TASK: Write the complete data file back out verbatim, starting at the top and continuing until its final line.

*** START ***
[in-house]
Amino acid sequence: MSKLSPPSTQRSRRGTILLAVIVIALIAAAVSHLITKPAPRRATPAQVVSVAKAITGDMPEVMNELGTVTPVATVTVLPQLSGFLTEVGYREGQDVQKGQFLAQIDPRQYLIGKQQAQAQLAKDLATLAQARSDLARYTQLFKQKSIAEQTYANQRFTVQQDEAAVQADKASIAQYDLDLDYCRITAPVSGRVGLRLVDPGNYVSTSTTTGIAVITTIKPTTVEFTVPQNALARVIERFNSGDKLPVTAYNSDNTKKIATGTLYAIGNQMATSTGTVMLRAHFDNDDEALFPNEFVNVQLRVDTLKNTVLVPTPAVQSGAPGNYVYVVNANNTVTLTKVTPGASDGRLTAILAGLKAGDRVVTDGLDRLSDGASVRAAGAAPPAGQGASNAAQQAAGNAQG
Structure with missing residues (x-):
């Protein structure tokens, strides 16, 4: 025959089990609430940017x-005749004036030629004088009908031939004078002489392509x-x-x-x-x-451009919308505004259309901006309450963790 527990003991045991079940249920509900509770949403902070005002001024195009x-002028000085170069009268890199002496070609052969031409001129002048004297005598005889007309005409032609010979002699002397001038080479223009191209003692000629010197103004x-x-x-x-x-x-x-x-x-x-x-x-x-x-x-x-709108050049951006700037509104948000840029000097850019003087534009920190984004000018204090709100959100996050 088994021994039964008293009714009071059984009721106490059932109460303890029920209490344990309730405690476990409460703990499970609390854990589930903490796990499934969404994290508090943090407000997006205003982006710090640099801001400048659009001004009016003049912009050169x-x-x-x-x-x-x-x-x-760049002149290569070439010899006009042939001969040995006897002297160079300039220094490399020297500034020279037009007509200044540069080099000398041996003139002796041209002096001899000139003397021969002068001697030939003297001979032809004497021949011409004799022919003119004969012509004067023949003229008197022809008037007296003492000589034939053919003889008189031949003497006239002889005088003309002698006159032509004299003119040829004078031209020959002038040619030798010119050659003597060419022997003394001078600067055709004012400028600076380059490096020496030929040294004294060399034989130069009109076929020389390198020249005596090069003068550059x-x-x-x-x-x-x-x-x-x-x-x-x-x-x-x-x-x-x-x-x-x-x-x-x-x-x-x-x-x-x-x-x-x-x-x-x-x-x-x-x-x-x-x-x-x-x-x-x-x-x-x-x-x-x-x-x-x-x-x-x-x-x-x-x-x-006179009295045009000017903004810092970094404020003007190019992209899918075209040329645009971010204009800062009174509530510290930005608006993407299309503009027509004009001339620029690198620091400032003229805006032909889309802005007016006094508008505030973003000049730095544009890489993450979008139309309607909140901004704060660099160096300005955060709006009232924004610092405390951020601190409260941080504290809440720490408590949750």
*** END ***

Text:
[in-house]
Amino acid sequence: MSKLSPPSTQRSRRGTILLAVIVIALIAAAVSHLITKPAPRRATPAQVVSVAKAITGDMPEVMNELGTVTPVATVTVLPQLSGFLTEVGYREGQDVQKGQFLAQIDPRQYLIGKQQAQAQLAKDLATLAQARSDLARYTQLFKQKSIAEQTYANQRFTVQQDEAAVQADKASIAQYDLDLDYCRITAPVSGRVGLRLVDPGNYVSTSTTTGIAVITTIKPTTVEFTVPQNALARVIERFNSGDKLPVTAYNSDNTKKIATGTLYAIGNQMATSTGTVMLRAHFDNDDEALFPNEFVNVQLRVDTLKNTVLVPTPAVQSGAPGNYVYVVNANNTVTLTKVTPGASDGRLTAILAGLKAGDRVVTDGLDRLSDGASVRAAGAAPPAGQGASNAAQQAAGNAQG
Structure with missing residues (x-):
């Protein structure tokens, strides 16, 4: 025959089990609430940017x-005749004036030629004088009908031939004078002489392509x-x-x-x-x-451009919308505004259309901006309450963790 527990003991045991079940249920509900509770949403902070005002001024195009x-002028000085170069009268890199002496070609052969031409001129002048004297005598005889007309005409032609010979002699002397001038080479223009191209003692000629010197103004x-x-x-x-x-x-x-x-x-x-x-x-x-x-x-x-709108050049951006700037509104948000840029000097850019003087534009920190984004000018204090709100959100996050 088994021994039964008293009714009071059984009721106490059932109460303890029920209490344990309730405690476990409460703990499970609390854990589930903490796990499934969404994290508090943090407000997006205003982006710090640099801001400048659009001004009016003049912009050169x-x-x-x-x-x-x-x-x-760049002149290569070439010899006009042939001969040995006897002297160079300039220094490399020297500034020279037009007509200044540069080099000398041996003139002796041209002096001899000139003397021969002068001697030939003297001979032809004497021949011409004799022919003119004969012509004067023949003229008197022809008037007296003492000589034939053919003889008189031949003497006239002889005088003309002698006159032509004299003119040829004078031209020959002038040619030798010119050659003597060419022997003394001078600067055709004012400028600076380059490096020496030929040294004294060399034989130069009109076929020389390198020249005596090069003068550059x-x-x-x-x-x-x-x-x-x-x-x-x-x-x-x-x-x-x-x-x-x-x-x-x-x-x-x-x-x-x-x-x-x-x-x-x-x-x-x-x-x-x-x-x-x-x-x-x-x-x-x-x-x-x-x-x-x-x-x-x-x-x-x-x-x-006179009295045009000017903004810092970094404020003007190019992209899918075209040329645009971010204009800062009174509530510290930005608006993407299309503009027509004009001339620029690198620091400032003229805006032909889309802005007016006094508008505030973003000049730095544009890489993450979008139309309607909140901004704060660099160096300005955060709006009232924004610092405390951020601190409260941080504290809440720490408590949750």